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Opera Time Again!

Okay, folks, mark your calendars! This Wednesday and Thursday evening I am performing in "An Evening of Opera Scenes" at Brown Hall at New England Conservatory. (Brown Hall is located in the Jordan Hall Building at the intersection of Huntington and Gainsborough. The nearest T stop is Symphony on the Green Line.) The performance starts at 8 p.m. and lasts about an hour.

I am performing in two scenes. Alas, I'm not doing both scenes on either night. <smirk> On Wednesday I will perform the role of Hamlet from Ambroise Thomas' Hamlet. On Thursday it's Belcore (in English translation) from Gaetano Donizetti's The Elixir of Love.

Come both nights! But if you can only make it one night, perhaps the following might help you decide which night you'd prefer to come:

The scene from Hamlet represents the pinnacle of French Romanticism. The music is lush, with richly textured harmonies and constantly changing tempos, dynamics, and key signatures. And if you understand French, you will find the poetry sublime. In this scene Hamlet expresses anger and disillusionment that his mother has married so soon after his father's death, voices the idea that "Frailty [and inconstancy], thy name is woman," then reassures Ophélie that these feelings of his do not apply to her and that she must never doubt his love for her.

Donizetti was a contemporary of Mozart's. This comic scene is light-hearted and quick-paced: think the Italian Gilbert & Sullivan, only not in Italian! In this scene, Belcore convinces his rival, Nemorino, to join the army in order to acquire the twenty scudi necessary to buy another bottle of love elixir, from Dulcamara, that Nemorino thinks will help him win Adina's love.

Since both scenes will be performed each night, a little information about the casts might help. The soprano singing Ophélie opposite my Hamlet is fantastic, a good actor and singer. The other baritone has a smaller voice than I do but has more facility with the high notes. He is perhaps a more expressive singer than I am, but not as good an actor. The soprano who will be singing opposite the other baritone has a very young voice; it is good, but it has a lot of room to develop and won't be as satisfying an Ophélie as the one singing opposite me. Both tenors singing Nemorino are pretty good. I think the one singing opposite my Belcore has a more mature sound (he's in his thirties) and the other tenor has a brighter sound (he's in his twenties). The baritone singing Belcore on Wednesday night is really a lazy tenor (i.e., his technique isn't good enough to sing the high B-flats or Cs, so he sings baritone); thus, his high notes are better than mine, but it's not a very satisfying baritone sound. Plus, he is 20 years old and accordingly immature and has very little sense for comic acting (whereas comic acting is my forté, I think).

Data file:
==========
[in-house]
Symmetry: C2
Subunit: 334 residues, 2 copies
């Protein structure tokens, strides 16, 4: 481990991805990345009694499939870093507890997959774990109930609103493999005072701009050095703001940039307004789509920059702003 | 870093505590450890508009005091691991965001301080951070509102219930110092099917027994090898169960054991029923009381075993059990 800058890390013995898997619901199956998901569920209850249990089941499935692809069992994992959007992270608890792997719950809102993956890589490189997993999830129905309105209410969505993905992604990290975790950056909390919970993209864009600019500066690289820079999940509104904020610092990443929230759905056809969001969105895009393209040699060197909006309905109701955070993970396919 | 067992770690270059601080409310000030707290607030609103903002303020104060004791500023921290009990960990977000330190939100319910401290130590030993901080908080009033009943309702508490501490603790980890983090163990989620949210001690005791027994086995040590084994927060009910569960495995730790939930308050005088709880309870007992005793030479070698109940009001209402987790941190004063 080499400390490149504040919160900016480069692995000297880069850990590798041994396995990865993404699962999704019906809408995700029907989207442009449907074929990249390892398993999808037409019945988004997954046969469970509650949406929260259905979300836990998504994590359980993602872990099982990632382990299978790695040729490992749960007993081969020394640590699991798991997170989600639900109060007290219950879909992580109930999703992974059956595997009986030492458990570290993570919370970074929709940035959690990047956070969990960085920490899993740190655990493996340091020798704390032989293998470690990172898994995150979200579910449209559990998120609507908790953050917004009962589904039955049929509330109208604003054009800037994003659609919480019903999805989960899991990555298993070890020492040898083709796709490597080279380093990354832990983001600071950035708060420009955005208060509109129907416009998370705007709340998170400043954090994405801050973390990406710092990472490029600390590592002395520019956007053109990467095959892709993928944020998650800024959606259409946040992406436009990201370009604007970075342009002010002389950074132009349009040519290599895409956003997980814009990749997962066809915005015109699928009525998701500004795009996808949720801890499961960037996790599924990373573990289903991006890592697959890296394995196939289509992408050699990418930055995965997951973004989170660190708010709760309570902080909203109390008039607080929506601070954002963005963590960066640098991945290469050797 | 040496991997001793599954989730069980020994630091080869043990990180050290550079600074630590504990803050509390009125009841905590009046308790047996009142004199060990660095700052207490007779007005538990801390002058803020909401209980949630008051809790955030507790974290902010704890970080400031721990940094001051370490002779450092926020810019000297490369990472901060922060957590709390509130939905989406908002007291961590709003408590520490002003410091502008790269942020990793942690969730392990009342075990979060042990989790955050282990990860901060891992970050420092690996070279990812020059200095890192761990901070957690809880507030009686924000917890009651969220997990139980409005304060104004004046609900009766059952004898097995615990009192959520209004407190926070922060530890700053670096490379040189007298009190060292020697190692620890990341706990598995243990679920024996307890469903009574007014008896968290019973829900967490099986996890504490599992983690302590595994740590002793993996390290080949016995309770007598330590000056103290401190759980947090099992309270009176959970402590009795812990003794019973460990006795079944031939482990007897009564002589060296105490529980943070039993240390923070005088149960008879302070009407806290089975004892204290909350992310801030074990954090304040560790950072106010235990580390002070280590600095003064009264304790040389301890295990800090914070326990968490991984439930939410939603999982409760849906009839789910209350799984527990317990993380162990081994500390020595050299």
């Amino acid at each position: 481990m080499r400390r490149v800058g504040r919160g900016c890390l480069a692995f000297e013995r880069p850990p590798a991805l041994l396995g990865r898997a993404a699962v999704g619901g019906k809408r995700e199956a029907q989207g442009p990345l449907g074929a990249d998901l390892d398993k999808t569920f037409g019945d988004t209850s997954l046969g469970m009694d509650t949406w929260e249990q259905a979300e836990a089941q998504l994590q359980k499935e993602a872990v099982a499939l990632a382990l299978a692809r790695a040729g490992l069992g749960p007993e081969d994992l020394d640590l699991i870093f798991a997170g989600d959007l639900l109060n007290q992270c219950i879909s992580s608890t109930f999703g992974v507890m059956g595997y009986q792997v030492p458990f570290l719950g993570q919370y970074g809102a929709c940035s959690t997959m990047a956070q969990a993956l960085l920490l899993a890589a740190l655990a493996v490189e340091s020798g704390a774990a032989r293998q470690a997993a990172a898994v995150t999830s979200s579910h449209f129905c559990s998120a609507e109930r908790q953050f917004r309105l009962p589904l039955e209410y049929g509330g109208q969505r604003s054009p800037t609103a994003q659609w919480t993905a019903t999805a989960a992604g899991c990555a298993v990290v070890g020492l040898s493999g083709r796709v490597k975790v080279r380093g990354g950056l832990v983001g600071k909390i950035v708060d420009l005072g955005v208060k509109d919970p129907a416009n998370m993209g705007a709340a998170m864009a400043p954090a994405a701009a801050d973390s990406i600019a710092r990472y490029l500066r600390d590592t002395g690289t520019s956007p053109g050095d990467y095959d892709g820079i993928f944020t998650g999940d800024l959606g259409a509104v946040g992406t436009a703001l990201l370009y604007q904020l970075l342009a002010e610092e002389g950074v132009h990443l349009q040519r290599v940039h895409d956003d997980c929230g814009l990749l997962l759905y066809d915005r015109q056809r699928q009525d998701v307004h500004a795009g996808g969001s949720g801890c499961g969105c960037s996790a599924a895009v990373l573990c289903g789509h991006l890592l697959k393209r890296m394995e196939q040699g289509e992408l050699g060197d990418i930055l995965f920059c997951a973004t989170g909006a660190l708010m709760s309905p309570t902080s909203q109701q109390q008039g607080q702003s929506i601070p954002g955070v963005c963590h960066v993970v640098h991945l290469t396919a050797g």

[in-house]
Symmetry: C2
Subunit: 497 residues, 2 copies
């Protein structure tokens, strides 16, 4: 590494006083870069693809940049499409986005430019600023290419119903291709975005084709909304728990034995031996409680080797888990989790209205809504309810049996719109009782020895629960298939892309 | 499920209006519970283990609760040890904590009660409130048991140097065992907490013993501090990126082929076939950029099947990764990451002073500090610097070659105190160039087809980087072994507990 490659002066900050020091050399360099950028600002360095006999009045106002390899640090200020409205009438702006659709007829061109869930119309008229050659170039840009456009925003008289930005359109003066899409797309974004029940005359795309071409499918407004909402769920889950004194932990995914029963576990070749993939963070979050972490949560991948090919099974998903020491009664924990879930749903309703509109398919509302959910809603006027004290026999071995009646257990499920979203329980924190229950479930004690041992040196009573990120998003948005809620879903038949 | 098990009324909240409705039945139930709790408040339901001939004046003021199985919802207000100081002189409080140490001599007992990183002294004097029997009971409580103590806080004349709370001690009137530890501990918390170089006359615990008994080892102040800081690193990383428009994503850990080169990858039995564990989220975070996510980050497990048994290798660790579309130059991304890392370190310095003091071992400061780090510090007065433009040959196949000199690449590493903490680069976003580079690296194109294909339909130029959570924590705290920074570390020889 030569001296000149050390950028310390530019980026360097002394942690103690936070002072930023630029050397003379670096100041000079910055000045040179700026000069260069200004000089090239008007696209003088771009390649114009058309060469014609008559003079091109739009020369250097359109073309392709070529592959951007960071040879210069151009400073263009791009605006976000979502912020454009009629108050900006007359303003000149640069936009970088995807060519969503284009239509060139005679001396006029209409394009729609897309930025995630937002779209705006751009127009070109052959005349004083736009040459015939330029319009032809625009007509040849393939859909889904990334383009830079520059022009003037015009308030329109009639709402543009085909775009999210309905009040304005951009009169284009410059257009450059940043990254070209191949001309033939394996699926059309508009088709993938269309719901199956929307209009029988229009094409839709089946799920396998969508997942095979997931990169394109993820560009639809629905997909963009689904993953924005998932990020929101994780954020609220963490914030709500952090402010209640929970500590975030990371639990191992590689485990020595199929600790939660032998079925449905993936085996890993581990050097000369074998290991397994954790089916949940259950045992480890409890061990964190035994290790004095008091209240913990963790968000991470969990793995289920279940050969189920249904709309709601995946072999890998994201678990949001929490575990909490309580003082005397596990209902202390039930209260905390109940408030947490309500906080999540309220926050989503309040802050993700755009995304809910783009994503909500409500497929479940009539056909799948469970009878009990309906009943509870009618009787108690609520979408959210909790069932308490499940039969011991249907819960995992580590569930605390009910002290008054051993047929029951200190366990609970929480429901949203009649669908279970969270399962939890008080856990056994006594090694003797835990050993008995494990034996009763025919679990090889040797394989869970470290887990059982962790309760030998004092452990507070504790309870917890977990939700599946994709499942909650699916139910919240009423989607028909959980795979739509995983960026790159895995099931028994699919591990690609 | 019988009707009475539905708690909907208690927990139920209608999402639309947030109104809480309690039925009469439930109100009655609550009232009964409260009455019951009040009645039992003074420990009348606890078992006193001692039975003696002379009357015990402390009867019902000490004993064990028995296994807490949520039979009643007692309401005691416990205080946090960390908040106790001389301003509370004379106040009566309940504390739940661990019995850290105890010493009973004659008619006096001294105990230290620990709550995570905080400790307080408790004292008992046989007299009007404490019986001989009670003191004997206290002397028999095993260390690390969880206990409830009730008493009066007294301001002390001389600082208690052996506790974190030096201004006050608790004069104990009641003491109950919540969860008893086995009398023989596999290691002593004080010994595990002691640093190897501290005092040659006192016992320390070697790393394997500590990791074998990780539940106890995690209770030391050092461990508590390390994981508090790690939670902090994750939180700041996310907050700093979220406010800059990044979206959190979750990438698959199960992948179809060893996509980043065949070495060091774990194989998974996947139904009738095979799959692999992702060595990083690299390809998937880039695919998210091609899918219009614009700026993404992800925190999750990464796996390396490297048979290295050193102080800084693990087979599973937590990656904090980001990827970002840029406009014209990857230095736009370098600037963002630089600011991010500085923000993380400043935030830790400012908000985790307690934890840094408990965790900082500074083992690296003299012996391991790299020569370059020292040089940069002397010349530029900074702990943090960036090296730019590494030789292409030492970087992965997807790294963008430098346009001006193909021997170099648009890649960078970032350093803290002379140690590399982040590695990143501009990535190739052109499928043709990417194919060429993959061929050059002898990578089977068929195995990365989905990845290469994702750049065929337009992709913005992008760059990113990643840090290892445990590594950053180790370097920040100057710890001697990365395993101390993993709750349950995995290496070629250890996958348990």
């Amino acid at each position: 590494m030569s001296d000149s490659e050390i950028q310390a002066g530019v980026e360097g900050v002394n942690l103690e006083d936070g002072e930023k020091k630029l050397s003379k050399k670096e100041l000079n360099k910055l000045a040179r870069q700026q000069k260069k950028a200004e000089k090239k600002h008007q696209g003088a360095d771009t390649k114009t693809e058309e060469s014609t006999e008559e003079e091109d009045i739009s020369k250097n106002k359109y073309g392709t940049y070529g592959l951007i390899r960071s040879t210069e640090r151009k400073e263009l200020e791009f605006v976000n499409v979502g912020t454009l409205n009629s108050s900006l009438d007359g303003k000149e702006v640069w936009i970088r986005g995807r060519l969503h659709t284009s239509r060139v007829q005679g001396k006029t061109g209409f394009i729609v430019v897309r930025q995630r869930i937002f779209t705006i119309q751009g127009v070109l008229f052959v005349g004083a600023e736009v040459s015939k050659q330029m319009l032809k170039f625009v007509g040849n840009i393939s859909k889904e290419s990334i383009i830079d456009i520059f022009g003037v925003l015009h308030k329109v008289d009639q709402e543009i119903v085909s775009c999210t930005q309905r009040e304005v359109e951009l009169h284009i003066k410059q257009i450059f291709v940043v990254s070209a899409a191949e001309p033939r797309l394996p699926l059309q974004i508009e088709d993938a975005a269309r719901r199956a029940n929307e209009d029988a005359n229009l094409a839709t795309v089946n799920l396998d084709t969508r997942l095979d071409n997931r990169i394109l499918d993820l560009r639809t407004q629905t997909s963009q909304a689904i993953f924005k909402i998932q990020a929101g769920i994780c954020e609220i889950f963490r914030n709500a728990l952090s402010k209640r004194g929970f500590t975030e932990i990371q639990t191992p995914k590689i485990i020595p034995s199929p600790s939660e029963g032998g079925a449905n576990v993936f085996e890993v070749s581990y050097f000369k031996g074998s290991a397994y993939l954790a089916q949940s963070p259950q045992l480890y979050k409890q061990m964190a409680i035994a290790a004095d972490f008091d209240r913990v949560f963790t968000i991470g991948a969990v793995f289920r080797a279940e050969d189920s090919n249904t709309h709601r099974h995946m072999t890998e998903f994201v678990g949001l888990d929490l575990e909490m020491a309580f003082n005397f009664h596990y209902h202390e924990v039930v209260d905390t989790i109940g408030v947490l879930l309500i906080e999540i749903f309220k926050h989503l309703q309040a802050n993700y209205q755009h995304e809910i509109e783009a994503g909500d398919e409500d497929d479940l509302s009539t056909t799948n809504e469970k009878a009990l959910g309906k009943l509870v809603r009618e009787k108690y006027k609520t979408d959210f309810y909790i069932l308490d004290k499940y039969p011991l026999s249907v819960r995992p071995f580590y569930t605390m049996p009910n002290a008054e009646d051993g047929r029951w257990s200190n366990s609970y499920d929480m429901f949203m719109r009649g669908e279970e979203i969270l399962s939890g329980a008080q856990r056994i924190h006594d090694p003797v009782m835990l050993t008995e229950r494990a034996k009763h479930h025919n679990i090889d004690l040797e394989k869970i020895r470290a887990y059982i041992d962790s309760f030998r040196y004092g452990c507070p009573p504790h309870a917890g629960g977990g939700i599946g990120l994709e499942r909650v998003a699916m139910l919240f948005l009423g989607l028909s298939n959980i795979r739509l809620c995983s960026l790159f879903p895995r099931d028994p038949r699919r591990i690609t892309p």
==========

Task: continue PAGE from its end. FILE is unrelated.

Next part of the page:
I hope this helps. Of course, you could simply come both nights and do a comparative study!

Other scenes being performed are from Cavalli's La Calisto, Puccini's Suor Angelica, Mozart's The Abduction from the Seraglio, Handel's Giulio Cesare, Pasatieri's Washington Square, and Bernstein's Candide.

I know that, for several of you, opera just isn't your thing. A couple of friends who went to the last Opera Workshop performance told me afterwards that, based on preconceived notions about opera, they did not think they would enjoy the scenes, but that they were surprised how enjoyable opera is when you see it in person, not just hear the music but see the drama, and understand what is going on. I hope that, even if opera isn't your cup of tea, several of you will come out for at least one of the performances. You know I appreciate the support, and you might be surprised by how much you enjoy the performances!


( 1 comment — Leave a comment )
Jun. 25th, 2004 01:12 pm (UTC)
The nearest T stop is Symphony on the Green Line

Just for future reference, the Mass Ave stop on the Orange Line is also very close (I think it's actually just as close as Symphony), and certainly more convenient if you happen to already be on the Orange Line.
( 1 comment — Leave a comment )

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